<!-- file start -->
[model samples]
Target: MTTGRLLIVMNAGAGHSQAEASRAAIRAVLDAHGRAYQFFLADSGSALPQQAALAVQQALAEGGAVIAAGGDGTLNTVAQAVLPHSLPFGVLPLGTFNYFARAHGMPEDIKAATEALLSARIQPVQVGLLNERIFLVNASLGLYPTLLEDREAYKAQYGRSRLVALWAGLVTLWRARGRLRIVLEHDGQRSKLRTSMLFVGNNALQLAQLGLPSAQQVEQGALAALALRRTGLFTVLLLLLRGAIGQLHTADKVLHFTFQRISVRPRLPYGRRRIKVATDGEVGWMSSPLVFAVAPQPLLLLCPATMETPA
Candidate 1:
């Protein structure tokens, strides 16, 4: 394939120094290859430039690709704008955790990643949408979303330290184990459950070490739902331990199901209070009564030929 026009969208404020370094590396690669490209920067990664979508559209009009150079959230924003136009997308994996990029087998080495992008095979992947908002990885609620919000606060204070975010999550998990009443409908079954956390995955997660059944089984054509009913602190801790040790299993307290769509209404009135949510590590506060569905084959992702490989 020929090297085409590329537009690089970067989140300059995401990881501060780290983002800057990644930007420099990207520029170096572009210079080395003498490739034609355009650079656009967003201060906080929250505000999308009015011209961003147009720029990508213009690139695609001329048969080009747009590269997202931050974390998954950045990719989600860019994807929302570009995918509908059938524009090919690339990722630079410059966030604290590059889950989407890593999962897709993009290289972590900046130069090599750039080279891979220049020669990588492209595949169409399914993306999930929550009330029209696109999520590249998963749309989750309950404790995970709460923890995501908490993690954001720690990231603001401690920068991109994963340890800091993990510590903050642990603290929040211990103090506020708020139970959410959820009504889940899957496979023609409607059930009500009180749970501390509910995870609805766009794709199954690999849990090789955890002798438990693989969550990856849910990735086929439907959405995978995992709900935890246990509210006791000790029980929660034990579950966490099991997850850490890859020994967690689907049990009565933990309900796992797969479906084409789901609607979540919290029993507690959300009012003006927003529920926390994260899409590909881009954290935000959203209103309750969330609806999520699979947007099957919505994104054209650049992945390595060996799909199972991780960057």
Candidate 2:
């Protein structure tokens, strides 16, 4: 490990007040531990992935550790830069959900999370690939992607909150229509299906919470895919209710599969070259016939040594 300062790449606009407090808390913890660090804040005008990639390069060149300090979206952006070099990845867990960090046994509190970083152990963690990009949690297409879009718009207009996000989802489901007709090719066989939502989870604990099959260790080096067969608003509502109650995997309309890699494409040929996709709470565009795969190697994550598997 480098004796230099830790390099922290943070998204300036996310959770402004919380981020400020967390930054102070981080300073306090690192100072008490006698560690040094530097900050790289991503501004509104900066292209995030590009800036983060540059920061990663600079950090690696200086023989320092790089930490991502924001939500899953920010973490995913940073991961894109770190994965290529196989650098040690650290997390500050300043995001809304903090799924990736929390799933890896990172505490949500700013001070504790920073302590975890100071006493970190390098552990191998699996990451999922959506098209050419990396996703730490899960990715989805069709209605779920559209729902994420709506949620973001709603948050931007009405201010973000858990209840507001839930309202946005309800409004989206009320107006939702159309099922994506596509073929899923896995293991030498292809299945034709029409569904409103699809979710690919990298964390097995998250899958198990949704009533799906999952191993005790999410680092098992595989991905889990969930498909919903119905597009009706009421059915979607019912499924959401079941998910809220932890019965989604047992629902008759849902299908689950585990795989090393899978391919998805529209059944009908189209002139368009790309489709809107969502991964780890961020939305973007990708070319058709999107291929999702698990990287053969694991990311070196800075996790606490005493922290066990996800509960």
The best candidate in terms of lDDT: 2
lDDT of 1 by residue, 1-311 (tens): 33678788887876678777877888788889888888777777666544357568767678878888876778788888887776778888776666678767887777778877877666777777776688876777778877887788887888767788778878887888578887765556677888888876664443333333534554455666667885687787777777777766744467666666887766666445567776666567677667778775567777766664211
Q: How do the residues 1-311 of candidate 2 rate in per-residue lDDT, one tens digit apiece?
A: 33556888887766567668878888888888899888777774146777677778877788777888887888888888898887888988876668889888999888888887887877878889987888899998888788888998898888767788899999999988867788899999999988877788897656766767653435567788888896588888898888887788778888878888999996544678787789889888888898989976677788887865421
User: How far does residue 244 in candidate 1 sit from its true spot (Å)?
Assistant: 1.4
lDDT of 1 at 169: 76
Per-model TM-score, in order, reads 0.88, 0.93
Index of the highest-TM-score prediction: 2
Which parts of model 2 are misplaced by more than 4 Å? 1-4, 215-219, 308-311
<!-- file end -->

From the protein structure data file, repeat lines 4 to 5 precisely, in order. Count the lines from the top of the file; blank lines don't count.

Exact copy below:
């Protein structure tokens, strides 16, 4: 394939120094290859430039690709704008955790990643949408979303330290184990459950070490739902331990199901209070009564030929 026009969208404020370094590396690669490209920067990664979508559209009009150079959230924003136009997308994996990029087998080495992008095979992947908002990885609620919000606060204070975010999550998990009443409908079954956390995955997660059944089984054509009913602190801790040790299993307290769509209404009135949510590590506060569905084959992702490989 020929090297085409590329537009690089970067989140300059995401990881501060780290983002800057990644930007420099990207520029170096572009210079080395003498490739034609355009650079656009967003201060906080929250505000999308009015011209961003147009720029990508213009690139695609001329048969080009747009590269997202931050974390998954950045990719989600860019994807929302570009995918509908059938524009090919690339990722630079410059966030604290590059889950989407890593999962897709993009290289972590900046130069090599750039080279891979220049020669990588492209595949169409399914993306999930929550009330029209696109999520590249998963749309989750309950404790995970709460923890995501908490993690954001720690990231603001401690920068991109994963340890800091993990510590903050642990603290929040211990103090506020708020139970959410959820009504889940899957496979023609409607059930009500009180749970501390509910995870609805766009794709199954690999849990090789955890002798438990693989969550990856849910990735086929439907959405995978995992709900935890246990509210006791000790029980929660034990579950966490099991997850850490890859020994967690689907049990009565933990309900796992797969479906084409789901609607979540919290029993507690959300009012003006927003529920926390994260899409590909881009954290935000959203209103309750969330609806999520699979947007099957919505994104054209650049992945390595060996799909199972991780960057």
Candidate 2: